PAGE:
Jeff Muhlenkamp was interviewed by Kathryn Welling on March 15, 2023. Their conversation is published in the Welling on Wall St. article, “Hard-Won Market Insights – Muhlenkamp & Co.’s Leader on Turning Market Scares into Profits.” Included below are excerpts of the interview.
Continuing with their discussion of lessons learned during the Global Financial Crisis (GFC) of 2008-2009 and the COVID shutdowns in 2020, Jeff mentions that market volatility and turmoil create buying opportunities. When the market goes down, you have to be prepared to buy but also be a little patient…
JEFF: The other thing I learned is not to be too quick to snap up what looks like a relative value. It’s tempting to say, “oh, look, it’s down 30% from its peak. It must be cheap.
Kate: Ain’t necessarily so.
JEFF: Right. Pay attention to other things, like sustainable cashflow, an unassailable balance sheet, a moat — and be more patient than it’s probably my nature to be. But I’m not sure that I’ve developed yet a great rule of thumb on how to avoid being too early versus too late. In retrospect, you can say, oh well, clearly there were two market bottoms in ’08/’09. One was when the government finally stepped in after the Thanksgiving 2008 debacle when Congress had failed to pass a bill — a bailout, basically. Then, after about a week in which the market puked up another 10% of the index’s value, Congress came around and did it. And then the last one, of course, came the next March, after the Financial Accounting Standards Board (FASB) changed the rules on banks having to mark their holdings to market, which got all the financials out of their doom loop on asset prices. Those were two big markers that significant actions were being taken to resolve the underlying issues. If you were able to see them for what they were, that was helpful. In the COVID Panic of 2020, the key really was that you needed to pay attention to when the Fed basically said, “We’re going to do whatever it takes,” and not just the Fed, but the rest of the government chimed in, too. The Fed essentially said, “We’ll lend whoever as much as they need,” and the government said, “We’ll spend as much as we need to, regardless.” If you were paying attention to that response, it probably struck you that it might be a very useful market indicator. And it would have helped you step in and start buying when things pretty soon stopped getting worse in the markets — and started getting a little better.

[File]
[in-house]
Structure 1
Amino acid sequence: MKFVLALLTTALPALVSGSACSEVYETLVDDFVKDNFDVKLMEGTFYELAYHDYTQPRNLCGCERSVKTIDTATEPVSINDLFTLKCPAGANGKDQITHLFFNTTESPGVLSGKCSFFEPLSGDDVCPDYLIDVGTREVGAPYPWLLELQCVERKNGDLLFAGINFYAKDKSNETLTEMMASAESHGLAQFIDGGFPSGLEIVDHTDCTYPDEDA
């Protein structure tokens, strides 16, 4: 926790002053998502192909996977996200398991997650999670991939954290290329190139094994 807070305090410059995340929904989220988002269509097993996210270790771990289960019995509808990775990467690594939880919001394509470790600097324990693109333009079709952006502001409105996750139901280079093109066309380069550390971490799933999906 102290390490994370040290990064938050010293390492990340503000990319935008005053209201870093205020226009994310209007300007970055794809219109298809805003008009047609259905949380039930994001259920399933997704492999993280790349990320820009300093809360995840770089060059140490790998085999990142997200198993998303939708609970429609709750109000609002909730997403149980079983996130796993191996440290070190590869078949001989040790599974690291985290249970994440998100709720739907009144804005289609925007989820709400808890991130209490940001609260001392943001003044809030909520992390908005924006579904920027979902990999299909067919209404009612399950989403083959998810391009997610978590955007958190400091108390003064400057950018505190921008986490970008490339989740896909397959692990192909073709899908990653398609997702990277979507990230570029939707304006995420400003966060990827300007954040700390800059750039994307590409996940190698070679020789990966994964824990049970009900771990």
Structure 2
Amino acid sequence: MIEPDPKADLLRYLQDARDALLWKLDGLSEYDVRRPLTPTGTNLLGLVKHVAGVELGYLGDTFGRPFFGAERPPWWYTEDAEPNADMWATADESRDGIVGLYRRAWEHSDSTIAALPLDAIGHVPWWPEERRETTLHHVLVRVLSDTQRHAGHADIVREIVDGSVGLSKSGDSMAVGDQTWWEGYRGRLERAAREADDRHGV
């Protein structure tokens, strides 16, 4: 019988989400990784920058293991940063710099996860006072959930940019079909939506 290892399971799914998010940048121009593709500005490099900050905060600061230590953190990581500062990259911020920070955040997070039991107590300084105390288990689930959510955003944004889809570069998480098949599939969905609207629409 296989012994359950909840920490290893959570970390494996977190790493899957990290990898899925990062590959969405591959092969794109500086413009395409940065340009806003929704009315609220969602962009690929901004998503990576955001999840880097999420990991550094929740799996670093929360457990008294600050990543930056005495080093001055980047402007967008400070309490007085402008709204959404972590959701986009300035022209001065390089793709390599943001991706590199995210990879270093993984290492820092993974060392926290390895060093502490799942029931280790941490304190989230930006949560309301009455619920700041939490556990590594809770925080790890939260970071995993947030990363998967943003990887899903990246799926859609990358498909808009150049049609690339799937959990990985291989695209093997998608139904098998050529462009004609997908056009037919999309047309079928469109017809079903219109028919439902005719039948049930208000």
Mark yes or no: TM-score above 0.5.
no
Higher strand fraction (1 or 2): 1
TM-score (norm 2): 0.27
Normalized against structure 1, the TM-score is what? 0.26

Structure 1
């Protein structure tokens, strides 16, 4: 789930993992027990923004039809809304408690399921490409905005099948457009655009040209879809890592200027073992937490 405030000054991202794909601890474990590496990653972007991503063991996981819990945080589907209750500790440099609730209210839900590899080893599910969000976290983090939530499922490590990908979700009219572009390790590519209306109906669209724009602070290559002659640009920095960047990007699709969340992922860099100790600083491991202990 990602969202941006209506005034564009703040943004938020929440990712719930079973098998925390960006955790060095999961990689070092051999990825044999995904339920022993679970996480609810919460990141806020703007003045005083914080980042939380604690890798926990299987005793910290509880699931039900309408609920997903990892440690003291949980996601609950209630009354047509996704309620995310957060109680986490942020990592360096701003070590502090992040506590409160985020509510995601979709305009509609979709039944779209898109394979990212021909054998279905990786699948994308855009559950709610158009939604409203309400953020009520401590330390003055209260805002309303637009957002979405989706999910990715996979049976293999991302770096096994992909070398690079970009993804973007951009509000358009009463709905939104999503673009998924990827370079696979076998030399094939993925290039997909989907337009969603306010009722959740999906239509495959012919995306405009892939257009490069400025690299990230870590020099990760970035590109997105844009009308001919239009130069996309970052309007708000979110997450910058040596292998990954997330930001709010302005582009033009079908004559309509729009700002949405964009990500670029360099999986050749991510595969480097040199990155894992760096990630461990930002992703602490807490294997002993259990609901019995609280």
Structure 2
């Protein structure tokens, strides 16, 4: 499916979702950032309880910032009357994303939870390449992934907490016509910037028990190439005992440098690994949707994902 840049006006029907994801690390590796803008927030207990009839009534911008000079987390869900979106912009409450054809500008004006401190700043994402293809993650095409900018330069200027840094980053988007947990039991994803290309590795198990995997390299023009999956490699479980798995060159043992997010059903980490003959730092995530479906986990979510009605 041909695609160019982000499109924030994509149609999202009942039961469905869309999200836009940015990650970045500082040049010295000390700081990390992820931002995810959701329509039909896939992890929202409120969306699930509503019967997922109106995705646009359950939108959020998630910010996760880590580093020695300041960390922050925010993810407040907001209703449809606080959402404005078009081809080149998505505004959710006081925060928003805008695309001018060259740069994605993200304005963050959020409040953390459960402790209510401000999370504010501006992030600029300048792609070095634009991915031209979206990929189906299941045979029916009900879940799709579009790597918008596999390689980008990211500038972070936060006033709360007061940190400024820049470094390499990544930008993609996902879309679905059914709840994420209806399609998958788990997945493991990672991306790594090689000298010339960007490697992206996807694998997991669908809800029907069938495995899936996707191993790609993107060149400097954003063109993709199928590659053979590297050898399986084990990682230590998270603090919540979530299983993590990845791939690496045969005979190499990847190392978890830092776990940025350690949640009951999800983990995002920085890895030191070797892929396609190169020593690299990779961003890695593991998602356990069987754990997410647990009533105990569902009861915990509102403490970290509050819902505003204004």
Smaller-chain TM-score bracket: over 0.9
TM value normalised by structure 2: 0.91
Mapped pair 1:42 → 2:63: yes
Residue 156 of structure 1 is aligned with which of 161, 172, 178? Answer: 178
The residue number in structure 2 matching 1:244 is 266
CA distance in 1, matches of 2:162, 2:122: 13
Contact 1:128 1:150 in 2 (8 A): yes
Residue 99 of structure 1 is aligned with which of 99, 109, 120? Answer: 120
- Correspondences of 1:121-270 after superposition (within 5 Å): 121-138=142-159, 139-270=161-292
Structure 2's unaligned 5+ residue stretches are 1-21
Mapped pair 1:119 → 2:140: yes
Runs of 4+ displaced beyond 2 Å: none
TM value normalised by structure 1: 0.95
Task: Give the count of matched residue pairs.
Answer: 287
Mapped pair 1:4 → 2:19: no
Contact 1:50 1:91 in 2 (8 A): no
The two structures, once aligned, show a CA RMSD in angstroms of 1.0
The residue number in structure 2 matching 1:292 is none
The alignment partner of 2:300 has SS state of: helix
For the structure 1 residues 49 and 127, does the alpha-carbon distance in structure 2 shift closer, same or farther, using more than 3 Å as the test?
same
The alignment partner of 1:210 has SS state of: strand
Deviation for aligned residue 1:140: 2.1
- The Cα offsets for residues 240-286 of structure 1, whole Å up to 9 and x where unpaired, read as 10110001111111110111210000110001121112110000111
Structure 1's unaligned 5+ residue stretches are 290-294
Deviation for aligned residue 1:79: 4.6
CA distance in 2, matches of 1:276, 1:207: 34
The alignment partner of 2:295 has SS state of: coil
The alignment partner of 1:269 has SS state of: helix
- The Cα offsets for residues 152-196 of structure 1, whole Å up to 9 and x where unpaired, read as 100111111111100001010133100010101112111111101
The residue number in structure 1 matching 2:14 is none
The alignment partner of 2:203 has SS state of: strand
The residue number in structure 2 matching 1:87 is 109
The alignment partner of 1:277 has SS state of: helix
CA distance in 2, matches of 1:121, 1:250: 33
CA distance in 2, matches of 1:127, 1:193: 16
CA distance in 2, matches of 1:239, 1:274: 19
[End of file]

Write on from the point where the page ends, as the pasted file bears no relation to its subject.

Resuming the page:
Kate: That turn came very quickly.
JEFF: Basically because people started seeing the government throwing really huge sums of money at the problem.
Kate: Most dramatic market slides aren’t reversed nearly so expeditiously. Then again, most aren’t sparked by a virus. A typical bear market is both long and torturous as complex imbalances aren’t worked out overnight.
JEFF: Correct. And frankly, it’s easier on your psyche to be late, rather than early. If you miss the precise bottom but you catch it on the upswing, the good news is once you’ve got back in, you’re generally going to see positive results. If you’re early in scooping up a “bargain” and you discover a still-deeper bottom ahead of you, you’re going to feel really, really, really bad, for a period of time.
Kate: Really bad?
JEFF: Really bad. Assuming you hold on, it’ll work out quite well in the end, but for a period of time you’re going to feel phenomenally stupid and bad. I used the totality of that experience in 2020. I put some money to work in late March, early April. But then I held back a bit and didn’t put some more money to work until later in May and early June. WESCO International (WCC), for instance, is a stock that I was a little late on. They had won a bidding war to buy another B2B services company [Anixter International] just before the shut down, and there was some concern that WESCO was going to “kitchen sink” their earnings on their next earnings call, so I decided to be a little patient. Did I nail the bottom on that company? No, I did not. Did I get a nice double out of it in the next year? Yes, I did. Good enough.
Kate: I checked your year-end 2022 portfolio and noticed you didn’t get tempted to buy banking stocks as they got hit last year — as some value types did.
JEFF: Well, the way I think about it, that choice was really informed by Nassim Nicholas Taleb’s book, “Antifragile: Things That Gain from Disorder.” Are you familiar with that?
Kate: Oh, quite.